- The spectral Ninja be seen as Scorpion has gradually become the mascot of the series. Sub-Zero is a close second, being the first "ninja" that the developers created. Scorpy and Subby have been the default fighters for player 1 and 2 respectively since Deadly Alliance. As of Mortal Kombat 2011, a Scorpion look-alike also serves as the figure on the logo for NetherRealm Studios, making him a company mascot as well.
- Liu Kang can also be considered the mascot of the series, being the longest-running protagonist by far. His ability to shape-shift into a dragon evokes the iconic logoa after all, even before said dragon was redesigned from klassic green to chrome black.
- In many ways, Raiden can be seen as a mascot for the series as well due to his iconic look and status as the Big Good in almost all the games, including the one where he was the counterpart to the DC Universe's own Superman.
- Mr. Saturn for the Mother series, the race of childish wacky creatures featured first in MOTHER 2/Earth Bound. "Boing!"
- Tanatos, Alister Dalimar's raven familiar, developed into this for the Ravenhearst Story Arc of Mystery Case Files.
- Pikachu became this for the franchise as a whole, as well as doubling as the company mascot for The Pokémon Company. Being one of the only available electric type Pokémon before Cerulean City helped solidify its status over the original intended mascot Clefairy. As a nod to Pikachu's status as mascot, every generation since has its own electric rodent meant to resemble Pikachu.note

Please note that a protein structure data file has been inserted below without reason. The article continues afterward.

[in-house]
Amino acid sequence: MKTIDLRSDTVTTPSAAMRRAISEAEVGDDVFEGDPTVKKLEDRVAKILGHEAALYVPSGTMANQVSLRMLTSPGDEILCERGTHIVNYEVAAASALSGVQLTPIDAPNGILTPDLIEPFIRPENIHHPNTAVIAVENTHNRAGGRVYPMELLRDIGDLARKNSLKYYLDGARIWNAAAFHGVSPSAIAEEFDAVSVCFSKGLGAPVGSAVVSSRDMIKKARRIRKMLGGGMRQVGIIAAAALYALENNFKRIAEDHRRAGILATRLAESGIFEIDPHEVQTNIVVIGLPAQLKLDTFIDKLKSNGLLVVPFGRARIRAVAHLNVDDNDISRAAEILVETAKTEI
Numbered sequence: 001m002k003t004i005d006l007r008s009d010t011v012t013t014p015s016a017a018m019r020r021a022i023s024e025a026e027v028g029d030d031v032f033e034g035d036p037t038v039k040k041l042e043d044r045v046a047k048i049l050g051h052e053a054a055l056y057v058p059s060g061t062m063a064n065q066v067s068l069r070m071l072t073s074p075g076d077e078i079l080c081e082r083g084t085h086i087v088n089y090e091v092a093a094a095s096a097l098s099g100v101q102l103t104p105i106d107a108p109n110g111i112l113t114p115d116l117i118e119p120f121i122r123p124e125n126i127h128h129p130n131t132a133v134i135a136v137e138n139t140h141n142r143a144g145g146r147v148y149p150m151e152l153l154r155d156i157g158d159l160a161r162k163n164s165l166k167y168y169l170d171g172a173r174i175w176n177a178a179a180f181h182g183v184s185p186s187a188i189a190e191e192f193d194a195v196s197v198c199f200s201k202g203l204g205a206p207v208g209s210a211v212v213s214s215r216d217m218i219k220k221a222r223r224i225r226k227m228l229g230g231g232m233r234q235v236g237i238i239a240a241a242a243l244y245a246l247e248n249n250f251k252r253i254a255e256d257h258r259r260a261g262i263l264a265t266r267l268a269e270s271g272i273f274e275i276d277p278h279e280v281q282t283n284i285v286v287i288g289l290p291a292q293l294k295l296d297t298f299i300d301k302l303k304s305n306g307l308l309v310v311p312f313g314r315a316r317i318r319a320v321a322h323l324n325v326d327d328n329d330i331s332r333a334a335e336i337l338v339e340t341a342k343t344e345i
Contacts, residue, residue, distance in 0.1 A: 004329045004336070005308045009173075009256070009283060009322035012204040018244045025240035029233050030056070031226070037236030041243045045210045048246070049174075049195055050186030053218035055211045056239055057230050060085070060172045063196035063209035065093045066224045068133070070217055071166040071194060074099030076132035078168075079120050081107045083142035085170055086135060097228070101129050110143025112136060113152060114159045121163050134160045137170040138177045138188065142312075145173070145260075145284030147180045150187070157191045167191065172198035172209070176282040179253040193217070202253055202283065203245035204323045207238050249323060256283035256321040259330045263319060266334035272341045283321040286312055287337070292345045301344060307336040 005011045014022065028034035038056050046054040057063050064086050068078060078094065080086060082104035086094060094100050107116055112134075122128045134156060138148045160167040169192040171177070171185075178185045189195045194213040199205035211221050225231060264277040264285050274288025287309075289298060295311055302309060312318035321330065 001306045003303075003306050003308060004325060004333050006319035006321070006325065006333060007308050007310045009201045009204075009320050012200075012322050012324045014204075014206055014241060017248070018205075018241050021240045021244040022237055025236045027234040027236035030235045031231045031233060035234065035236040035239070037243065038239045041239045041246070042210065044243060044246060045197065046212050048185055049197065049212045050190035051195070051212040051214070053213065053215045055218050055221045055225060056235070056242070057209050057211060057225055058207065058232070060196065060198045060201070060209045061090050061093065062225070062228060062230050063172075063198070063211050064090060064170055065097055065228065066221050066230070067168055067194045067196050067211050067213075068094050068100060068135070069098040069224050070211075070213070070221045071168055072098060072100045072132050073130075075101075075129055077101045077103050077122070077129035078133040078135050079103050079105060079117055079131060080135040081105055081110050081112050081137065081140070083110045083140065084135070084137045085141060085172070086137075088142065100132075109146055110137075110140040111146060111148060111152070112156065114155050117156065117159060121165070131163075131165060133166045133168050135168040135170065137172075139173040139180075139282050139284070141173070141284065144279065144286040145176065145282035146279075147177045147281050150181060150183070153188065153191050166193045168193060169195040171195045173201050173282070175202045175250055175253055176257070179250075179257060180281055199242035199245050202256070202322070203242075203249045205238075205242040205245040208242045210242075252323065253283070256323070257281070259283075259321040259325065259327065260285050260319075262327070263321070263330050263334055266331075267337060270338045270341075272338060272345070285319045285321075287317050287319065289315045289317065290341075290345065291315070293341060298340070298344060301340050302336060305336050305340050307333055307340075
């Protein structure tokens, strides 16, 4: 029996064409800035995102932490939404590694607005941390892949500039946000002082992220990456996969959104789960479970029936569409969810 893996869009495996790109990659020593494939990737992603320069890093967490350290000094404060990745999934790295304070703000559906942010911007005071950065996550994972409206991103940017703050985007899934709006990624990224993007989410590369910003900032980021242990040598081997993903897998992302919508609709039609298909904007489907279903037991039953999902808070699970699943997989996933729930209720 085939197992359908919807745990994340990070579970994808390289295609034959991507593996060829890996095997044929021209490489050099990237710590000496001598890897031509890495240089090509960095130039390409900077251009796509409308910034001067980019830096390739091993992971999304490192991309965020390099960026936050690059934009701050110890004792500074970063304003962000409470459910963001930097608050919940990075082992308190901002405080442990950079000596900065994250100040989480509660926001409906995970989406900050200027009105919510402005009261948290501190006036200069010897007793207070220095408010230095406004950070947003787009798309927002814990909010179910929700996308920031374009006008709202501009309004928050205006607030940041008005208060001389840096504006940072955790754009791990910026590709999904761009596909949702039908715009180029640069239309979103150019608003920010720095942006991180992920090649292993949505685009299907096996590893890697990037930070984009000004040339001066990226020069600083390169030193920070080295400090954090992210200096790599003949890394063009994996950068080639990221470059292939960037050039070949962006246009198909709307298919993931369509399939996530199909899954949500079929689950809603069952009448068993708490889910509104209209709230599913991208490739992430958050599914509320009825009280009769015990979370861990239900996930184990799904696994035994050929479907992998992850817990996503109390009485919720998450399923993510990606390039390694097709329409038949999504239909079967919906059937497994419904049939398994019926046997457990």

- Later on, Breakout Character Eevee started being marketed as a direct counterpart to Pikachu, especially in Pokémon Let's Go, Pikachu! and Let's Go, Eevee!, and as such it seemed to become the secondary mascot of the franchise.
- The series also has "Version Mascots", which are the Mons that appear on the front cover of each version. Usually they're the Legendary Pokémon that can be caught in the game.
- Gaiden Fighting Game Pokkén Tournament has Pikachu Libre — Pikachu in a Masked Luchador costume — as its de facto series mascot, both because it sums up the hybrid game style, and because it's a Pikachu in a luchador costume.
- The Fiend from Quake, who was also the mascot for id Software in the latter half of The '90s.